Lately, I’ve been thinking about dedicating a few hours weekly to working on WordPress Core. I have many reasons to do so. Challenging myself and improving my programming and communication skills, while expanding my portfolio are some of them. But what’s that “Core” thing? And even if you know that, why should you care? You are not a charity and don’t have time to waste, right? In today’s article, I’ll show you that contributing to WordPress Core is one of the best things you can do as a web developer, plus you’ll learn how to start, especially what resources to study and who to listen to.
When meeting new developers, one of the first things they ask me is whether I use Git during a theme or a plugin development. “Yes, of course, I couldn’t imagine my life without it”. A few years ago, though, the answer would be a puzzled look followed by a feeling of inferiority and shame. Their efforts at explanation proved futile. Looking back, understanding Git is not that difficult. So here’s my very high-level explanation. Or an attempt, at least.
WordPress sites have a bad reputation of being not professional and not following programming best practices. It is a relic from the past when users had only FTP, no ssh access and a direct consequence of trying to appeal to masses. Many of these complaints are valid and when building a site bigger than a simple blog, it is wise to use something more advanced. Luckily for us, people at roots.io1 have started a project called Bedrock which aims to solve this issue.
To me, building WordPress sites and applications is mostly fun — from listening to client’s requirements to showing her the finished site. This process, though, consists of one important, but not very fun part: deployment. Using a cheap hosting solution, with no WordPress optimizations, might work for some but when you want to be sure your client won’t complain of slow site, you need to go for something like Pagely or WP Engine. But that’s expensive. A lot of clients can’t afford that. “Well”, you say, what about buying a VPS server from DigitalOcean and setting it up? In case you are an expert Linux administrator and have a few free days, it will work just fine. For the 99.9% of us, the solution is much simpler. Use EasyEngine to configure the server for you, in just one click (or key press)!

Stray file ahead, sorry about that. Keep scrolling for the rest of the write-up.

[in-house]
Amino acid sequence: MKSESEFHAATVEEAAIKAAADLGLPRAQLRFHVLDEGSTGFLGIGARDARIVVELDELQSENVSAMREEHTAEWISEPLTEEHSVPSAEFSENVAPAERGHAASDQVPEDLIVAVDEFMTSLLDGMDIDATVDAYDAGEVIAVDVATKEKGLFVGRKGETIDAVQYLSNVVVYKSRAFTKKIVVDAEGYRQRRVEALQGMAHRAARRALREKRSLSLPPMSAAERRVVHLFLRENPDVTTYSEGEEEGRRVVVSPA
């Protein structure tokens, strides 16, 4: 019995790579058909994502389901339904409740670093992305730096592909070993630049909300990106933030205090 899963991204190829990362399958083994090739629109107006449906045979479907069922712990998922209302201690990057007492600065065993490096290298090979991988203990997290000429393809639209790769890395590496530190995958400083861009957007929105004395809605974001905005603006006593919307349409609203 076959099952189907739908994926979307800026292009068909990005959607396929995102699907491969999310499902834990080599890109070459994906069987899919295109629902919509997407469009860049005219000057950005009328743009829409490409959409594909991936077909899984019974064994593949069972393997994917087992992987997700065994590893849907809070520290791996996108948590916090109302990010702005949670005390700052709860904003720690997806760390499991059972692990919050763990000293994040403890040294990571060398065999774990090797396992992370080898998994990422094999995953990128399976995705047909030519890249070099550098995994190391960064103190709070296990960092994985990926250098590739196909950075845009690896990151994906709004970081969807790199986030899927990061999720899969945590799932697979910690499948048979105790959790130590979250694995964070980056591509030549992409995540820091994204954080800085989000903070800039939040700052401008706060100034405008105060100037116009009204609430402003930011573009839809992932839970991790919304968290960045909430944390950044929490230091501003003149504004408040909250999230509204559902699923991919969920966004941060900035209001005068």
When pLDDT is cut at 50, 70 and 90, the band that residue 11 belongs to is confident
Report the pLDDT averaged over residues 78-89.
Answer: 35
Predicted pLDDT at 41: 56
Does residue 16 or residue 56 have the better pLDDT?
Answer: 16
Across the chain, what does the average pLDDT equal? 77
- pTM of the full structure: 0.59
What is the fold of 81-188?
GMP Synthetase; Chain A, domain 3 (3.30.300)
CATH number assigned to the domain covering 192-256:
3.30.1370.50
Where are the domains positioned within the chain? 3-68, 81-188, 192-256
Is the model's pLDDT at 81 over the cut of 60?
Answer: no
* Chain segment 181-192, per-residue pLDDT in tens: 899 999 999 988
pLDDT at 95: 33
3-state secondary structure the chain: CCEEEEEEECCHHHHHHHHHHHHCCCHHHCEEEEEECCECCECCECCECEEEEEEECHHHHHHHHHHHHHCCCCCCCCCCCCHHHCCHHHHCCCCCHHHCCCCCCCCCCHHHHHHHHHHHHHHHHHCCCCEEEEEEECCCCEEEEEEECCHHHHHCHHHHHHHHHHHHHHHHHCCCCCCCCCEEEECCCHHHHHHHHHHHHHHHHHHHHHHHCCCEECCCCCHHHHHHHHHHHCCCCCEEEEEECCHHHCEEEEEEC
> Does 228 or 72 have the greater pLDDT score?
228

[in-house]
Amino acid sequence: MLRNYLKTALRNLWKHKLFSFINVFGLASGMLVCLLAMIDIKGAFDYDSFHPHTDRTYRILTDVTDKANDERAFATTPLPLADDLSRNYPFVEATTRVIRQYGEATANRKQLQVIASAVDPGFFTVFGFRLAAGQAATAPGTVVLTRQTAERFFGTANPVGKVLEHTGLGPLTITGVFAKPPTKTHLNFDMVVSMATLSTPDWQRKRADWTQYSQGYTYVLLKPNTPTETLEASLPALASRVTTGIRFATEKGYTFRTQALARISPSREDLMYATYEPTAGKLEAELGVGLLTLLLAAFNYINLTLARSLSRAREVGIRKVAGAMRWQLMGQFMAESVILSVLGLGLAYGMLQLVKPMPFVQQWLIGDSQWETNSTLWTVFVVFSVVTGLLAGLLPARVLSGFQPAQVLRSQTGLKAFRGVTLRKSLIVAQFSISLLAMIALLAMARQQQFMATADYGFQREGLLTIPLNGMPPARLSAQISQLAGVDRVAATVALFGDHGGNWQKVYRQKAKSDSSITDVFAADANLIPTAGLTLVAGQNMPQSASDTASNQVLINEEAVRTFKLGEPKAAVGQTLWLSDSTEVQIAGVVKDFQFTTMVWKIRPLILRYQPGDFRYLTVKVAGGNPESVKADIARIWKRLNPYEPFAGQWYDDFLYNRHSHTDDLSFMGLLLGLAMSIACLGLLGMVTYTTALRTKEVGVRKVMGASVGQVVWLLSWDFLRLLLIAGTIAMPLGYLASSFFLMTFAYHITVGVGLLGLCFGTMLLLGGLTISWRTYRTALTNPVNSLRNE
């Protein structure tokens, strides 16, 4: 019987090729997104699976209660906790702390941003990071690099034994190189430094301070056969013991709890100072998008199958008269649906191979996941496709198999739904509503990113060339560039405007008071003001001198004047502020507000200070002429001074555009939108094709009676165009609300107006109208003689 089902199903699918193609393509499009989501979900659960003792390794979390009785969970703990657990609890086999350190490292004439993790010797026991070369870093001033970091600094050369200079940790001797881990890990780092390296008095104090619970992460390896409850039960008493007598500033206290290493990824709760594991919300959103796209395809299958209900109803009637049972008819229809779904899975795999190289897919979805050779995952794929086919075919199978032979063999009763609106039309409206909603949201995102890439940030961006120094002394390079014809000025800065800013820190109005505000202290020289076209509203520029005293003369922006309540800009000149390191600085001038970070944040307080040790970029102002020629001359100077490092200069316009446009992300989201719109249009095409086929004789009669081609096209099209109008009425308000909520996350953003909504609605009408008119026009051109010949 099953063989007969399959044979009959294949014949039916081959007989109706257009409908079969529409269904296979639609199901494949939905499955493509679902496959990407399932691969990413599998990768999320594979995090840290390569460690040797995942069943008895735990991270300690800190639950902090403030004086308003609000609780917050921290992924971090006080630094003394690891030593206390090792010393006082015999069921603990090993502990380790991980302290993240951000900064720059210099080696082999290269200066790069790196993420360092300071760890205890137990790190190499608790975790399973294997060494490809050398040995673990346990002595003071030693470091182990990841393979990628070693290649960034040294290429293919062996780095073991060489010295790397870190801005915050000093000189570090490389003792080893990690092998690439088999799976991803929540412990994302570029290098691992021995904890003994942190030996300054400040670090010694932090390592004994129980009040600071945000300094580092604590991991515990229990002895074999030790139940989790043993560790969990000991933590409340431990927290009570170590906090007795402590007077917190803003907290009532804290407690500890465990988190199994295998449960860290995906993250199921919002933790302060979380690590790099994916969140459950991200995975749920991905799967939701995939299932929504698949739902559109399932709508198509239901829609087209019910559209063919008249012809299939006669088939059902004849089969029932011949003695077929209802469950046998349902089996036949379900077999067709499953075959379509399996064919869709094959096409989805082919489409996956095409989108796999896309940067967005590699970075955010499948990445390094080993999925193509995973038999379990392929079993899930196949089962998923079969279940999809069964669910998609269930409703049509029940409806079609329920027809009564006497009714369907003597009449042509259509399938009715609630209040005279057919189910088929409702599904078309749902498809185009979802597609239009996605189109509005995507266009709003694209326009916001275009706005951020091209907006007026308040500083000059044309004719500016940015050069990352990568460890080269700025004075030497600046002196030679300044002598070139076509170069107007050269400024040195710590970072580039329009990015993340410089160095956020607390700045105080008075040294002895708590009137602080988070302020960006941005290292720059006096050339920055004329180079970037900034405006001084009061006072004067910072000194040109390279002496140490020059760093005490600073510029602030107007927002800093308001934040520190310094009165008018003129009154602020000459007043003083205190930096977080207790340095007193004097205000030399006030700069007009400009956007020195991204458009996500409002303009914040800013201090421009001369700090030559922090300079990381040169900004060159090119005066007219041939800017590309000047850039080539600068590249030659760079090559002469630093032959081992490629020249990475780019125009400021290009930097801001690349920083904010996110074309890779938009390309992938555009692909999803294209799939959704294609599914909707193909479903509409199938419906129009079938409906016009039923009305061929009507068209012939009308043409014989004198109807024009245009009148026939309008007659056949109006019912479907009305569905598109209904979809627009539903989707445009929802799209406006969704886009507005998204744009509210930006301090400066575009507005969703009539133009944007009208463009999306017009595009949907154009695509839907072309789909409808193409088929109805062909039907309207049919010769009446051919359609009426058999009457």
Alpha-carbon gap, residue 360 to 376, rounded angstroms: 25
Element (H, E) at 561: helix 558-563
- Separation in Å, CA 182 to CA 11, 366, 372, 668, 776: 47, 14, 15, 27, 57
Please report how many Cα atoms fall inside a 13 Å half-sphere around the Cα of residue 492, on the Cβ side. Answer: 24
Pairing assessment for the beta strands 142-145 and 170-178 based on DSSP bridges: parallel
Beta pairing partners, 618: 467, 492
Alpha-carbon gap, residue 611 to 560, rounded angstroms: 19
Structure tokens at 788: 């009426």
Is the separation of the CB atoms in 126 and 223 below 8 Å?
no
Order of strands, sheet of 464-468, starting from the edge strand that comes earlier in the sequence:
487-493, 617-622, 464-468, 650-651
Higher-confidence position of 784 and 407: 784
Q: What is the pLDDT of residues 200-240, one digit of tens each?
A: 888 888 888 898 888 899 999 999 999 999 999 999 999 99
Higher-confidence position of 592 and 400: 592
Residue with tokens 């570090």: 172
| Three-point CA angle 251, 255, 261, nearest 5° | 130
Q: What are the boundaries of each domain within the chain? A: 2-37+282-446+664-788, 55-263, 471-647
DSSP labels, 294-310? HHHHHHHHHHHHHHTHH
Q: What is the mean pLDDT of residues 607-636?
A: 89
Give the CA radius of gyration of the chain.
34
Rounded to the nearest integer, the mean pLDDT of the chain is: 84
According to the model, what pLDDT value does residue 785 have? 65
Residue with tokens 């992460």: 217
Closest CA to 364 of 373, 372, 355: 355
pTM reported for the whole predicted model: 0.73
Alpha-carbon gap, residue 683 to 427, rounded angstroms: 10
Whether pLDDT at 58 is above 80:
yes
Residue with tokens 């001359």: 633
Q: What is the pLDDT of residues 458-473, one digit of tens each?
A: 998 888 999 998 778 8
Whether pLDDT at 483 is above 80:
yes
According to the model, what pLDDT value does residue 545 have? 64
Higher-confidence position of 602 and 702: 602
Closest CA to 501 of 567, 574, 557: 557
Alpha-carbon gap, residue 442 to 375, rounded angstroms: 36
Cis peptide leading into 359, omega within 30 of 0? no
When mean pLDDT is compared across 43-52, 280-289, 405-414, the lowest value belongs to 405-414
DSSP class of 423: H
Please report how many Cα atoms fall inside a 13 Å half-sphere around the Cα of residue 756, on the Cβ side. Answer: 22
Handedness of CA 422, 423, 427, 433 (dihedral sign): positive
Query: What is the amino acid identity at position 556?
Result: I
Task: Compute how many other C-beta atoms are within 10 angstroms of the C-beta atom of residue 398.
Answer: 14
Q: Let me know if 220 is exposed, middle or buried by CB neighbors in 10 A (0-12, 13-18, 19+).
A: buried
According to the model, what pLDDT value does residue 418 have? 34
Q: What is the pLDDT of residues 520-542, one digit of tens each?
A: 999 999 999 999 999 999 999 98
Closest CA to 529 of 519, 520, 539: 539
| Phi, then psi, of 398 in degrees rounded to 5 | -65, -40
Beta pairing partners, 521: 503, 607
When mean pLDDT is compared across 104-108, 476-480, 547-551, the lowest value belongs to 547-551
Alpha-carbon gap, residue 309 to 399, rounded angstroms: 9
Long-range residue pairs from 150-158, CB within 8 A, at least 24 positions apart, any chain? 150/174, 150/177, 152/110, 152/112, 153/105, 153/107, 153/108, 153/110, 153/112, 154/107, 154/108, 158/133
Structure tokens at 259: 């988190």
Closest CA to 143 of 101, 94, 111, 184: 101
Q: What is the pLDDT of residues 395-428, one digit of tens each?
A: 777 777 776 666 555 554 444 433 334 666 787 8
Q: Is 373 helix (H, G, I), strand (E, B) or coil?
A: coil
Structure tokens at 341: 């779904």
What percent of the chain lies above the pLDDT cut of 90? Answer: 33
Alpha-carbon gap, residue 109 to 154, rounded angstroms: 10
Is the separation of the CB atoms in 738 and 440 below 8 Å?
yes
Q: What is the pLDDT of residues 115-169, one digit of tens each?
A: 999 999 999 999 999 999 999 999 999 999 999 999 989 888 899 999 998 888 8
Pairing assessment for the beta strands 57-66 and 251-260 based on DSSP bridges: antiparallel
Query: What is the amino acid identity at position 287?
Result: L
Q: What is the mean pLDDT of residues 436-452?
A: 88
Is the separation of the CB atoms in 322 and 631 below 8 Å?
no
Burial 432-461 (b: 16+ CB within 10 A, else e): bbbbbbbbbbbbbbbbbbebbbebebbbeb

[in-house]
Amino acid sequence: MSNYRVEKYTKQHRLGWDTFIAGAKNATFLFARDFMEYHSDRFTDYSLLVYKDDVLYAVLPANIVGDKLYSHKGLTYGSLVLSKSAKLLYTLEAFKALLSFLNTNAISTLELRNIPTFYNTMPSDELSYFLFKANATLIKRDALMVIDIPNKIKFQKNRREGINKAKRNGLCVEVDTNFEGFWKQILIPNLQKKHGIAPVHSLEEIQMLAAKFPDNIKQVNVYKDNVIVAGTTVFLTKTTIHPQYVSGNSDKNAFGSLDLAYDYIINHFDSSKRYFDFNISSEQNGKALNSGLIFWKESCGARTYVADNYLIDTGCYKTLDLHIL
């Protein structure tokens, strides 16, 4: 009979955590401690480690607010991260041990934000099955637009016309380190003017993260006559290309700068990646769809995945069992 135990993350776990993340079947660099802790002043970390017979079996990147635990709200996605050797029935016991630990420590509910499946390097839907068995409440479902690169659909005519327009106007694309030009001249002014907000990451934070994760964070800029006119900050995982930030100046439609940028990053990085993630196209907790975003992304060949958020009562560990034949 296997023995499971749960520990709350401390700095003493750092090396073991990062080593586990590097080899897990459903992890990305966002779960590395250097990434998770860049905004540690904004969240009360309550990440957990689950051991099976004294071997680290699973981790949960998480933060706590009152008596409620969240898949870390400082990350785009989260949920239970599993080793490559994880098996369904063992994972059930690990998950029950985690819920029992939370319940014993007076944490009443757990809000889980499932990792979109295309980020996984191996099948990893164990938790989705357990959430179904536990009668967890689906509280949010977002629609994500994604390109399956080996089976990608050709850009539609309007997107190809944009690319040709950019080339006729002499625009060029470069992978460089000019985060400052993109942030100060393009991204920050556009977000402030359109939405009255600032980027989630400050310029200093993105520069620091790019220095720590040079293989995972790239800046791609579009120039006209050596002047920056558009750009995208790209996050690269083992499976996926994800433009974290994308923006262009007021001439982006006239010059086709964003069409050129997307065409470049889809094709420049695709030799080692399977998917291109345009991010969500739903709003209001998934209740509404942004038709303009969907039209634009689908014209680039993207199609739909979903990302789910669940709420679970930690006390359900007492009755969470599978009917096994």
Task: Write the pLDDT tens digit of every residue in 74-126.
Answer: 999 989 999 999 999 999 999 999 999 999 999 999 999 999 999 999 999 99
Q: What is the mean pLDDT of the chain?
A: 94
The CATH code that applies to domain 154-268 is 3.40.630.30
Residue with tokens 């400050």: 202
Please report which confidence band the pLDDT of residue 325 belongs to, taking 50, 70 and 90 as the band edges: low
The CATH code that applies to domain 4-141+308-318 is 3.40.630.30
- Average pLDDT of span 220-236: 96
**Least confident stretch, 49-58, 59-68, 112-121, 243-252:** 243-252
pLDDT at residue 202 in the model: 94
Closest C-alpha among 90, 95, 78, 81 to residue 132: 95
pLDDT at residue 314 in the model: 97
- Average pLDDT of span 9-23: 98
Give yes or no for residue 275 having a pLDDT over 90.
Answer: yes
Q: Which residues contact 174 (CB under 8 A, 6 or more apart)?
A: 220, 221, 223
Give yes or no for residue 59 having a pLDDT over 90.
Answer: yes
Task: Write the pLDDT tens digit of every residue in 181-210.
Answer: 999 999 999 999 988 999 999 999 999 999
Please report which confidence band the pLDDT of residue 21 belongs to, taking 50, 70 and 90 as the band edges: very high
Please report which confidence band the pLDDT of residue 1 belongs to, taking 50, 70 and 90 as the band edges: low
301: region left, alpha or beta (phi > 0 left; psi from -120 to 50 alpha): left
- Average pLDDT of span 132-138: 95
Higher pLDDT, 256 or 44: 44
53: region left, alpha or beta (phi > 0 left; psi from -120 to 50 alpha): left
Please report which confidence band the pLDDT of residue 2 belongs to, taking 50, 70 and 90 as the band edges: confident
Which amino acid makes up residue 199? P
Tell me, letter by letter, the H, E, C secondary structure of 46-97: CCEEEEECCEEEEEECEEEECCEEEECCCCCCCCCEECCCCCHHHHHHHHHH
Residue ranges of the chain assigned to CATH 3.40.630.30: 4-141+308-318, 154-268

You might have noticed that I didn’t write new articles for 2-3 months, only very seldomly. It was caused by me having to finish my bachelor’s thesis and prepare for my bachelor’s state exams, which, by the way, I successfully passed (yay).
Actually, no, or, just partially. The true reason for not writing articles and helping my fellow WordPressers is that I’m fucking lazy. Yeah, I admit that.
I know I should write more. I know I should contribute to WordPress more. And I can’t say I doesn’t enjoy it when I finally get to it.
Well, luckily, I have a mind trick up my sleeve. With my best friend, we’ve agreed to sit together in a café and write articles for two hours on each Monday, Wednesday and Friday, starting from next week, till at least to the end of the summer. The only exception is holidays during which I won’t have an Internet access. Hope that won’t happen much.
Let’s do this!